There is growing tension and frustration among thousands of migrants stranded at Libya's borders with Tunisia and Egypt desperate to be evacuated home.
More than 22,000 migrants are at either Ras Adjir on the Tunisian-Libyan border or at Salum, on the Egyptian-Libyan border, impatient to be evacuated.
Refugees and Internally Displaced Persons - In the past year, the movement of people within their country, and from one country or even continent to another has continued to rise. According to UNHCR (06/10) there were over 43 million forcibly displaced people worldwide at the end of 2009, which is the highest number since the mid-1990s.
1. The Multilateral Aid Review was commissioned to assess the value for money for UK aid of funding through multilateral organisations. Forty-three organisations were assessed. Nine were deemed to offer very good value for money, sixteen to offer good value for money, nine to offer adequate value for money, and nine to offer poor value for money for UK aid.
1. Background and purpose
Since the Tsunami Evaluation Coalition there have been ongoing discussions concerning mainstreaming joint impact evaluation within the humanitarian system. With pressure to demonstrate that results are being achieved by humanitarian action, the question has arisen as to whether and how evaluations can take place that will assess joint impact. An Inter-Agency Working Group was established in November 2009 to manage and facilitate consultations on the potential of Joint Humanitarian Impact Evaluation (JHIE).
Economic and Social Council
2010 Substantive Session
NAIROBI, 31 May 2010 (IRIN) - Bangladesh, Indonesia, Iran and Pakistan top a new ranking of countries at "extreme risk" of experiencing natural disasters compiled by a global risk assessment company.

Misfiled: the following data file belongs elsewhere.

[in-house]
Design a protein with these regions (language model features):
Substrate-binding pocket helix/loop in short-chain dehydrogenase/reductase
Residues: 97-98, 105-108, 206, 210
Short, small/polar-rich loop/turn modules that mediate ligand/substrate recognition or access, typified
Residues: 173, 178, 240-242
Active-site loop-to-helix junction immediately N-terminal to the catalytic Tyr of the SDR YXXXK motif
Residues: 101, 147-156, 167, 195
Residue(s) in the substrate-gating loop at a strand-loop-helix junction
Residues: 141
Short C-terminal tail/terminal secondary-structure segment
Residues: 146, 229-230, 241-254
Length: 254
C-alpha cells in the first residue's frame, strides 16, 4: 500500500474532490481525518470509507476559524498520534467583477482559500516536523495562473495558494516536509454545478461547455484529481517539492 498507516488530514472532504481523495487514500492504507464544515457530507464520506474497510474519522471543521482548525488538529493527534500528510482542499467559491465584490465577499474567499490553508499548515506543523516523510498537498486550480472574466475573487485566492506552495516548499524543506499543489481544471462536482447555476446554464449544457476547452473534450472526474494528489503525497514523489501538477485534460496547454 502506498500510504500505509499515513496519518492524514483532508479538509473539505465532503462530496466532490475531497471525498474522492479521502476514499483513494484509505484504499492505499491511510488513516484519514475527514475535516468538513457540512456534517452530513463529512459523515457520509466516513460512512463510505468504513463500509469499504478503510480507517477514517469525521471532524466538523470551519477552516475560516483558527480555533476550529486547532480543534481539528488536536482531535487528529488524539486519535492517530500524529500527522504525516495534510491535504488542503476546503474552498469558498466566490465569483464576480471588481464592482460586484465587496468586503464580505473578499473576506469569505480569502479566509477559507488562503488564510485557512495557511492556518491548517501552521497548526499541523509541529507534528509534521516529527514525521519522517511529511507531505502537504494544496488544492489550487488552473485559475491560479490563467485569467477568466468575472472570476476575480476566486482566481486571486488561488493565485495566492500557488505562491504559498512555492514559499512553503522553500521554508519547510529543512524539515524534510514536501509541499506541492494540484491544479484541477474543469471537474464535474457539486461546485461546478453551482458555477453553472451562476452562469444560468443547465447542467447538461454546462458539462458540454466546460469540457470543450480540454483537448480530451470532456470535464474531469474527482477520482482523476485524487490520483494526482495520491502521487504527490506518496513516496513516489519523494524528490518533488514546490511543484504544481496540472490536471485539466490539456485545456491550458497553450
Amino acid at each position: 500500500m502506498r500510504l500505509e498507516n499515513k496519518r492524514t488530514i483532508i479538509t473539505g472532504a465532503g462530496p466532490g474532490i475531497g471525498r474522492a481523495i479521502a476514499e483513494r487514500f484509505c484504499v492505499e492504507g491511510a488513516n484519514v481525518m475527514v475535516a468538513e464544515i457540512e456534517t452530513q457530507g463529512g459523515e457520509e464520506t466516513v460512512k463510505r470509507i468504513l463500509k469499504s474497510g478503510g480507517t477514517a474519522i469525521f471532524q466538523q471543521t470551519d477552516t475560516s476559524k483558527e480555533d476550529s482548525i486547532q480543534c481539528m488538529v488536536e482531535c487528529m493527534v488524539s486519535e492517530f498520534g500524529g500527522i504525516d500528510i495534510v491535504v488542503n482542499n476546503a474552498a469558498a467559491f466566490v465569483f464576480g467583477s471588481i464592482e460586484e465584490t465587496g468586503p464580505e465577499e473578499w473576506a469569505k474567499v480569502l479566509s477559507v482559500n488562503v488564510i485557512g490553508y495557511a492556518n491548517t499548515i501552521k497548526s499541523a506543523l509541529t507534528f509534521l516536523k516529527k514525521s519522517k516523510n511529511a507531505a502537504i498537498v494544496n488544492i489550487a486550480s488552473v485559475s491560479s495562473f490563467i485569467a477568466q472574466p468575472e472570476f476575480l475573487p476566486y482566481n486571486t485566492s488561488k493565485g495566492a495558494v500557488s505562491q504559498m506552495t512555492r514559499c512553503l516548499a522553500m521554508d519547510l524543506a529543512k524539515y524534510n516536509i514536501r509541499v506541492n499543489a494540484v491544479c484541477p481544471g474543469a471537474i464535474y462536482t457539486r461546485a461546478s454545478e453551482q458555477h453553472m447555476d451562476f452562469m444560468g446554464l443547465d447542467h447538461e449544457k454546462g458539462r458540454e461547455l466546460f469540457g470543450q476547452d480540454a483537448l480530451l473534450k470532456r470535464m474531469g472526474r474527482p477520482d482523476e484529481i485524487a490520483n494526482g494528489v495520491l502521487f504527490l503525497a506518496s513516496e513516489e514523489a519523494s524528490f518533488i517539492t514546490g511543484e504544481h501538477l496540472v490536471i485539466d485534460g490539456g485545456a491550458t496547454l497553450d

The Natural Disaster Risk Index (NDRI) released on 27 May by Maplecroft, ranks 229 countries according to the human impact of natural disasters …
Le paludisme tue chaque année un million de personnes, dont 85% sont des enfants de moins de cinq ans. Une réalité rappelée le 25 avril lors de la Journée mondiale du paludisme. Le combat que mène la Croix-Rouge contre cette maladie tropicale passe par la diffusion de moustiquaires et par un effort de sensibilisation.
Depuis 2002, plus de 18 millions de personnes ont été protégées du paludisme et 300 000 décès ont été évités grâce aux actions de prévention de la Croix-Rouge.
By Briana Orr
"What happens when you have overpopulation, over-consumption and lack of resources colliding and displacing millions of people from their homes?"
This is the central question driving the documentary "Climate Refugees," as summarized by director Michael Nash.
JOHANNESBURG, 6 December 2009 (IRIN) - Money to help the world's 49 Least Developed Countries (LDCs) - the poorest and most vulnerable - cope with the impact of climate change will be in the spotlight when the UN climate change conference in Copenhagen (COP15) kicks off on 7 December.
The Least Developed Countries Fund (LDCF) was set up in 2001 under the UN Framework Convention on Climate Change (UNFCCC) to help them address their "urgent and immediate" adaptation needs.
The fund is managed by the Global Environment Facility (GEF), the financial mechanism of the …